The tax space for the 2022 year is adapted with some new provisional tax law changes that differ somewhat from the prior 2021 tax year. Firstly, several COVID Era tax laws have completely lapsed for taxpayers. Additionally, The Inflation Reduction Act of 2022 introduces a number of new tax law attributes for individuals and businesses. Any further tax proposals or tax changes between now and December 31 are yet obscured. The following are some highlighted features for 2022 tax planning.

Standard Deduction

The standard deduction is inflation adjusted for 2022 for joint filers at $25,900 and individual taxpayers $12,950 and head of households $19,400.

Non-Profit Contributions

The tax provisions for above the line charitable deduction for non-itemizers introduced in 2020 was effective only for tax years 2020 and 2021. Unless modifications are introduced to 2022 tax codes, it is completely phased-out for the 2022 tax year. Therefore, only those itemizing deductions can obtain charitable contribution benefits for taxes in 2022.

Mileage Rates

For tax year 2022, there has been a mid-year change to the applicable standard mileage rate for inflation adjusted vehicle expenses that skyrocketed during the 2022 tax year. Taxpayers will need to sort mileage logs for a bifurcated calculation on effective 2022 mileage rate changes. From January 1 to June 30, the 2022 standard mileage rate for business driving is 58.5¢ per mile. From July 1 to December 31, the 2022 mileage rate for business purposes rises to 62.5¢ per mile.

Gift and Estates Taxes

The annual gift tax exclusion for 2022 increases from $15,000 to $16,000 per taxpayers. So, an individual can give up to $16,000 ($32,000 with spouse) to each child, grandchild or any other taxpayer in 2022 without being required to file a gift tax return. The lifetime estate and gift tax exemption for 2022 increases from $11.700 million to $12.060 million or $24.120 million for couples.

Capital Gain Tax Rates

For 2022, similar to prior years a 0% capital gain tax rate applies for individual taxpayers with up to $41,675 of taxable earnings (joint filers $80,800). A 3.8% surtax on net investment income continues in 2022 for individual taxpayers with taxable income above $200,000 and joint filers above $250,000 of AGI.

Enhanced Child Tax Credit Expired

The enhanced Child Tax Credit legislated into law during the Covid Pandemic in 2020 has also expired for 2022. Although legislators have constructed work to extend the enhanced child tax credit, thus far all efforts have been futile.

Energy Efficient Home Improvement Credit

The Energy Efficient Home Improvement Credit has been extended through 2022. Payments to install qualifying electric, water heating, or temperature control systems for your home that use solar, wind, geothermal, biomass or fuel cell power qualify for an energy credit increased to 30% starting in 2022.

Research and Development Expenditures

The tax benefit for for-profit businesses to currently write off research and development costs from the Tax Cuts and Jobs Act also expired at the end of 2021, Thus for 2022 tax laws will require businesses to amortize these research and development payments. Retroactive tax law amendments are still a possibility.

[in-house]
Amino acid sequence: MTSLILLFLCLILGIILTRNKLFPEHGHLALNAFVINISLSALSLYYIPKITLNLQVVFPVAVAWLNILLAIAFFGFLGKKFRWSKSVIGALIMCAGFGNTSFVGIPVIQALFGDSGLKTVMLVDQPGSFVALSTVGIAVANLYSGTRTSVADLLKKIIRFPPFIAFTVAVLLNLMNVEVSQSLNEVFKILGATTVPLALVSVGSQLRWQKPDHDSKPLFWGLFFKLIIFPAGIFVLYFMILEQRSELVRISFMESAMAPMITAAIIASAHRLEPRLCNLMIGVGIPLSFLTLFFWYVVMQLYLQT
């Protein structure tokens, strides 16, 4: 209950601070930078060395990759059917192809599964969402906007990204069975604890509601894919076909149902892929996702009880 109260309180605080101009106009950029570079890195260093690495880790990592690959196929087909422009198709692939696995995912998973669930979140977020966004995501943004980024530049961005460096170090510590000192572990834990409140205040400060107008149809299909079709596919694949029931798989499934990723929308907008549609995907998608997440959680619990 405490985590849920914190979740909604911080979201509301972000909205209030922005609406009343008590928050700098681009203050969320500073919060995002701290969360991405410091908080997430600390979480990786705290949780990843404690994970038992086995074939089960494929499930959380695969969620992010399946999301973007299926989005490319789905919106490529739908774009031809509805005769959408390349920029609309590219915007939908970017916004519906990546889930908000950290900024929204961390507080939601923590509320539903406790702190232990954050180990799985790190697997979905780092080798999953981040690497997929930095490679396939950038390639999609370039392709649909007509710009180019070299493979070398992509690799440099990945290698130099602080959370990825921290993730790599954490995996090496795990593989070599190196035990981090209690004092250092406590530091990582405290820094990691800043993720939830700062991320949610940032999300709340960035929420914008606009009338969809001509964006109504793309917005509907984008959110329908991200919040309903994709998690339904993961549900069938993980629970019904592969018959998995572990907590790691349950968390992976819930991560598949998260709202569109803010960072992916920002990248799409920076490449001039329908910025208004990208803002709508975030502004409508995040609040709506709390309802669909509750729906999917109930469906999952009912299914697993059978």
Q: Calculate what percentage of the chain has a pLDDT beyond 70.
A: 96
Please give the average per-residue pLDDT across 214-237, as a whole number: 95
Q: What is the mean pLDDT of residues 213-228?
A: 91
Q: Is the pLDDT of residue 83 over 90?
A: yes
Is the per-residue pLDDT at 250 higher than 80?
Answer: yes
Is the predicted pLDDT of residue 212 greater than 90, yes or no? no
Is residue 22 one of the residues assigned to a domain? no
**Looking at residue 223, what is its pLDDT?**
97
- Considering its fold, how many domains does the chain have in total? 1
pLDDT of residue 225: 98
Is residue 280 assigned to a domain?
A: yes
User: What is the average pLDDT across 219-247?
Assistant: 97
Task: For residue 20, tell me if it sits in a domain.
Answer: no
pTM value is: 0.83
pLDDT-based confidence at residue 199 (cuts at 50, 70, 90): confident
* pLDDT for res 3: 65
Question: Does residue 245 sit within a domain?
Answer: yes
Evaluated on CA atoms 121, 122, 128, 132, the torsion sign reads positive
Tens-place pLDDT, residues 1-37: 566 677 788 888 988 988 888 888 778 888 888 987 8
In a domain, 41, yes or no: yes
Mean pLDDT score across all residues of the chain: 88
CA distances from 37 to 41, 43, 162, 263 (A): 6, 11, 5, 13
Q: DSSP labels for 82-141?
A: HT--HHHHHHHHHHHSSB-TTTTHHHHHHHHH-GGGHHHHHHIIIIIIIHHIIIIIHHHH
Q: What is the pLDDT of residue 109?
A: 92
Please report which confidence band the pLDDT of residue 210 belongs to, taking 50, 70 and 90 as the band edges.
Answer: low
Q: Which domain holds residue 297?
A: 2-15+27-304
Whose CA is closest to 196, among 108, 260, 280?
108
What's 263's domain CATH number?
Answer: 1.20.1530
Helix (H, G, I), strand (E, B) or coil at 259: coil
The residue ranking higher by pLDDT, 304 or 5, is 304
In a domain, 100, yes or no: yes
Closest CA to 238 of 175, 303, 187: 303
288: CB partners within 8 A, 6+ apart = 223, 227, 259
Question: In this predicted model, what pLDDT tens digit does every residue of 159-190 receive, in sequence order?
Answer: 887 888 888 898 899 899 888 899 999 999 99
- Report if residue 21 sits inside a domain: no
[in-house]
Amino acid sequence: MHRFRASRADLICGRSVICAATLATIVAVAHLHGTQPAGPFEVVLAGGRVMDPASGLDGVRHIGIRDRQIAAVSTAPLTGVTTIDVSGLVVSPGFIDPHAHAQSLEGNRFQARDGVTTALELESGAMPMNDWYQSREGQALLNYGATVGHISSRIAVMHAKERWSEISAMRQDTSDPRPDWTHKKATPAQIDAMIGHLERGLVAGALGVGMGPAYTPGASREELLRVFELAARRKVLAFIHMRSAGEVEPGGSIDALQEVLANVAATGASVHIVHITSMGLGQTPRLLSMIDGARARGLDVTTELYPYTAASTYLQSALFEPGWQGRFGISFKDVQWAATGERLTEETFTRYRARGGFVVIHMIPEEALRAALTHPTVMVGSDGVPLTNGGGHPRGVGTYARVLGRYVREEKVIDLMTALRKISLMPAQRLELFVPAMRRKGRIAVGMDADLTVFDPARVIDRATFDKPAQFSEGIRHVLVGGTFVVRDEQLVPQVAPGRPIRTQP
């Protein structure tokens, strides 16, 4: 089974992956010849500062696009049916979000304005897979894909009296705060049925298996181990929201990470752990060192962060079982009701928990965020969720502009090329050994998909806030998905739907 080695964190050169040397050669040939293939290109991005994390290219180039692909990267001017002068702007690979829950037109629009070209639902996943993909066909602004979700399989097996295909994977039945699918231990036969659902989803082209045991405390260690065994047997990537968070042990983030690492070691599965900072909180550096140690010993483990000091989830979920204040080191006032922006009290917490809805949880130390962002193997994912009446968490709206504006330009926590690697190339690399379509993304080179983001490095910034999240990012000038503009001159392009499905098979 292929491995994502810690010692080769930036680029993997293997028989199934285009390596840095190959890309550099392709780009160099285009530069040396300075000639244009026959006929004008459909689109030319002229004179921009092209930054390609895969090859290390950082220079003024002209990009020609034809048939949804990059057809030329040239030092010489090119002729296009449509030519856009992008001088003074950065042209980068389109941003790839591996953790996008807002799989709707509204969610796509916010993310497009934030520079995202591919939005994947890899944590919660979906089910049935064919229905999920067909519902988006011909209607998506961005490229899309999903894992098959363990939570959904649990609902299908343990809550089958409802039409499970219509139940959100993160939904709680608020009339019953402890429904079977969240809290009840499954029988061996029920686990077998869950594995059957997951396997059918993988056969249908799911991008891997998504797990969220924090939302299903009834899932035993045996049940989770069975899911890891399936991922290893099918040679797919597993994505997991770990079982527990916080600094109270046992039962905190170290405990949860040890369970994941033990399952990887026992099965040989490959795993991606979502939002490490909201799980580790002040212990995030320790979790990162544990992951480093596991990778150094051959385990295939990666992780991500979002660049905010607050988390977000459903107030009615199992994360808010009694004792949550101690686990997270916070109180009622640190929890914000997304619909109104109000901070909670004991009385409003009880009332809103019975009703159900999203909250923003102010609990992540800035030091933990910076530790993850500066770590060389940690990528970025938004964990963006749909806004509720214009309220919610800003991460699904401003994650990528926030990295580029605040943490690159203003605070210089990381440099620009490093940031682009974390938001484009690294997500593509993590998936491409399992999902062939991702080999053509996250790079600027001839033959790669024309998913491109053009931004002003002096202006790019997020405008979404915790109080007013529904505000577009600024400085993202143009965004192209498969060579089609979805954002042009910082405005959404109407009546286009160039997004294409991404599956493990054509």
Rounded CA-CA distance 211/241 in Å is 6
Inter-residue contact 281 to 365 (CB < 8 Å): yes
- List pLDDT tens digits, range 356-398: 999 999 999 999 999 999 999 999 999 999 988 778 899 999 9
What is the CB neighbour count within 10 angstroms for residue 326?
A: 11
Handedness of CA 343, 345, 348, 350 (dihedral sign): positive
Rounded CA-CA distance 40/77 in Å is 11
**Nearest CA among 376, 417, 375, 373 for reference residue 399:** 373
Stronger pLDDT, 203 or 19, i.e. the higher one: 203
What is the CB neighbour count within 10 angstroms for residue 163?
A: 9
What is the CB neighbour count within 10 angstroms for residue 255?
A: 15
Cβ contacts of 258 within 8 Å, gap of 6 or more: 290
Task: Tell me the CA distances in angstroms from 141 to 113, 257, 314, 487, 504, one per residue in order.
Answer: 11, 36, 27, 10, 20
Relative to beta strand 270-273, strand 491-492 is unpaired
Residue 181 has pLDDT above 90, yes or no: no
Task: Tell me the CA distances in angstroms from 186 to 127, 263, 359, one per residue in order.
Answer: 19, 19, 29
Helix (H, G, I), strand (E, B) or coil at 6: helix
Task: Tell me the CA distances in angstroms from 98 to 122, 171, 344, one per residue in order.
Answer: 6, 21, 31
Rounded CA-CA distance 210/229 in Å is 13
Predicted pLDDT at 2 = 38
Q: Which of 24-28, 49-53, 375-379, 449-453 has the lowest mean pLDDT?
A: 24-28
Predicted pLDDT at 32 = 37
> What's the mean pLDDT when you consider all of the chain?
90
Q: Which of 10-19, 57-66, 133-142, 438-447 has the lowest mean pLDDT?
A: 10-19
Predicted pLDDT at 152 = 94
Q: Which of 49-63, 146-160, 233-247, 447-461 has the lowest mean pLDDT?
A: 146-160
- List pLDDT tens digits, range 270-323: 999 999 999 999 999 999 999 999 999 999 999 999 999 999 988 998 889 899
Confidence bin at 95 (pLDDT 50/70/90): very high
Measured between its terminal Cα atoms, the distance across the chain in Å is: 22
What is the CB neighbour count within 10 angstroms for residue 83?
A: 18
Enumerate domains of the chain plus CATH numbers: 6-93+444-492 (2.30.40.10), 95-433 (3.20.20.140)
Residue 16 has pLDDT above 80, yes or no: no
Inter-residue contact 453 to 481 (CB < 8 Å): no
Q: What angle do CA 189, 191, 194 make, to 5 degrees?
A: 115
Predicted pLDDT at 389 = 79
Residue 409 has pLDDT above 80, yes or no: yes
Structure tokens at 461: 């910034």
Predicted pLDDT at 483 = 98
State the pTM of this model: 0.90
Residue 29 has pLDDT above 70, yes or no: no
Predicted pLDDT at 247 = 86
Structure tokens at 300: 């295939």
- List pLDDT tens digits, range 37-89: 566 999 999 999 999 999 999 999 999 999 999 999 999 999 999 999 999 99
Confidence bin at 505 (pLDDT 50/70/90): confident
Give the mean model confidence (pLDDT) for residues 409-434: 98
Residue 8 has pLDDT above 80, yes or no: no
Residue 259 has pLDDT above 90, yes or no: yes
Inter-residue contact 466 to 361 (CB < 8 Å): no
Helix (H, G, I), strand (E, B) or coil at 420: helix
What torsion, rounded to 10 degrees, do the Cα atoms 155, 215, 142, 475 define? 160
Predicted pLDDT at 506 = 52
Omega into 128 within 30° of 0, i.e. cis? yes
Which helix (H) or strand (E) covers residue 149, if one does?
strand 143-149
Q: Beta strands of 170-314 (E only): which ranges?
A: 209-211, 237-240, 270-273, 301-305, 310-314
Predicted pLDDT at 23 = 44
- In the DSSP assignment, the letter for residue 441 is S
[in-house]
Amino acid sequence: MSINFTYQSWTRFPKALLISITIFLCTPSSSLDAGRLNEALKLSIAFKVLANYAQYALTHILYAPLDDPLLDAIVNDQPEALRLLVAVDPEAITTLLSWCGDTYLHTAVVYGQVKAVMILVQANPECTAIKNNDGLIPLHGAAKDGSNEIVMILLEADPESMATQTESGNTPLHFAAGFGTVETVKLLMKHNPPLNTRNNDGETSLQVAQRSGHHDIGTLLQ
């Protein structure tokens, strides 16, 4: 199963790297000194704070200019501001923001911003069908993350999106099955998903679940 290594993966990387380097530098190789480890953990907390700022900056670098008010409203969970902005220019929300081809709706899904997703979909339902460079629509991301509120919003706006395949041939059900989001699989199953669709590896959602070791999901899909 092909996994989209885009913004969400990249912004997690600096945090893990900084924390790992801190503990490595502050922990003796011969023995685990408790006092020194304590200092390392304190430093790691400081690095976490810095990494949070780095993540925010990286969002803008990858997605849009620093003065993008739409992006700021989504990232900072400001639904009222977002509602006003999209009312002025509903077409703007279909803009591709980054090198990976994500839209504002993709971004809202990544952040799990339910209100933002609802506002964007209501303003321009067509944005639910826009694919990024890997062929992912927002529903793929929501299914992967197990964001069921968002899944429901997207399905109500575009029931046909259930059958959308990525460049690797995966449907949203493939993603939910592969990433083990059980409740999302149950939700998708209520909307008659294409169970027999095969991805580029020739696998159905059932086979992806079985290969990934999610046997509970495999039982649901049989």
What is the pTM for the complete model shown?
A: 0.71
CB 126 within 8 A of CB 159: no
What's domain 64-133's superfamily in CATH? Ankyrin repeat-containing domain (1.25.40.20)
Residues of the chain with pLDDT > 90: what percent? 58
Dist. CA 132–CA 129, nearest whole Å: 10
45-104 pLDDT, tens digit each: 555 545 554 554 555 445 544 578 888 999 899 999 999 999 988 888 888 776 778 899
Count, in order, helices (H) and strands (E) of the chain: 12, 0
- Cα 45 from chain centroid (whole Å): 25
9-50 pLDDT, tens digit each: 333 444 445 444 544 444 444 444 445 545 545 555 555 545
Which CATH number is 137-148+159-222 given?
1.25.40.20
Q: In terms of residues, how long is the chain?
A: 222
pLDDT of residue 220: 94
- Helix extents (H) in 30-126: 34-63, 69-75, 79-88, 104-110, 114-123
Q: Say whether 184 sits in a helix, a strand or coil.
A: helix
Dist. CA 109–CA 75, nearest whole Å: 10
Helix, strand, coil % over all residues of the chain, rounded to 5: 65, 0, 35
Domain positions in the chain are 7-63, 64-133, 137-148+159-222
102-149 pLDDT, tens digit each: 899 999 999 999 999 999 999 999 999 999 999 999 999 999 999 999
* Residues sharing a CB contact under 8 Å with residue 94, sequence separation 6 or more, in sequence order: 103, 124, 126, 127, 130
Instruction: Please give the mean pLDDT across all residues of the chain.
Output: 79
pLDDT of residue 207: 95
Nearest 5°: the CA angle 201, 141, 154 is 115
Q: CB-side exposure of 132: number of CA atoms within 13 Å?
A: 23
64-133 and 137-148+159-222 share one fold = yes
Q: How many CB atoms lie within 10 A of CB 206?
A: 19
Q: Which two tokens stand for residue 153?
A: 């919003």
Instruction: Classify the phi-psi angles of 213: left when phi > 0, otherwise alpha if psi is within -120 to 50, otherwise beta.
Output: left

Educator Deductions

Teachers receive an inflation adjusted above-the-line educator deduction for qualify classroom expenses adjusted to $300 for 2022 or $600 for joint teaching couples. An “eligible educator” is any taxpayers who is a kindergarten through 12th grade teacher, instructor, counselor, principal, or aide in a school for at least 1,000 hours during a school year. Homeschooling educational expenses do not qualify.

IRA Required Minimum Distributions

Revised calculations are now in effect for required minimum distributions in 2022. The 2022 contribution limit for traditional IRAs and Roth IRAs has no changes at $6,000, with a $1,000 additional catch-up contribution for individuals age 50 and up. Taxable income ceilings on Roth IRA contributions increased for contributions phase out in 2022 at adjusted gross incomes (AGIs) of $204,000 to $214,000 for joint filers and $129,000 to $144,000 for individual taxpayers.

Scheduled income phaseouts for traditional IRAs also begin at an increased levels in 2022, from AGIs of $109,000 to $129,000 for couples and $68,000 to $78,000 for single filers. If only one spouse is covered by a plan, the phaseout level for deducting a contribution for the uncovered spouse starts at $204,000 of AGI to $214,000.

Adoption of a Child

For 2022, the adoption credit is available for up to $14,890 of qualified expenses. The full credit is available for a special-needs adoption, even if the adoption costs less. The credit begins to phase out for taxpayers with adjusted AGIs above $223,410 to $263,410.

Student Loan Forgiveness

President Biden’s program to revised student loan forgiveness program will provide non-taxable income for taxes from cancellation of student debt from qualifying loans.

Digital Assets

The draft Form 1040 for 2022 includes an updated question for material ownership of “digital assets” rather than “virtual currency.”


Further to these tax planning items for the 2022 tax year, the typical year-end tax planning strategies also are applicable including year-end qualifying gifts and qualifying contributions, deferring taxable income and accelerating tax deductions, maximizing qualified retirement contributions, and managing taxable gains and losses from investments.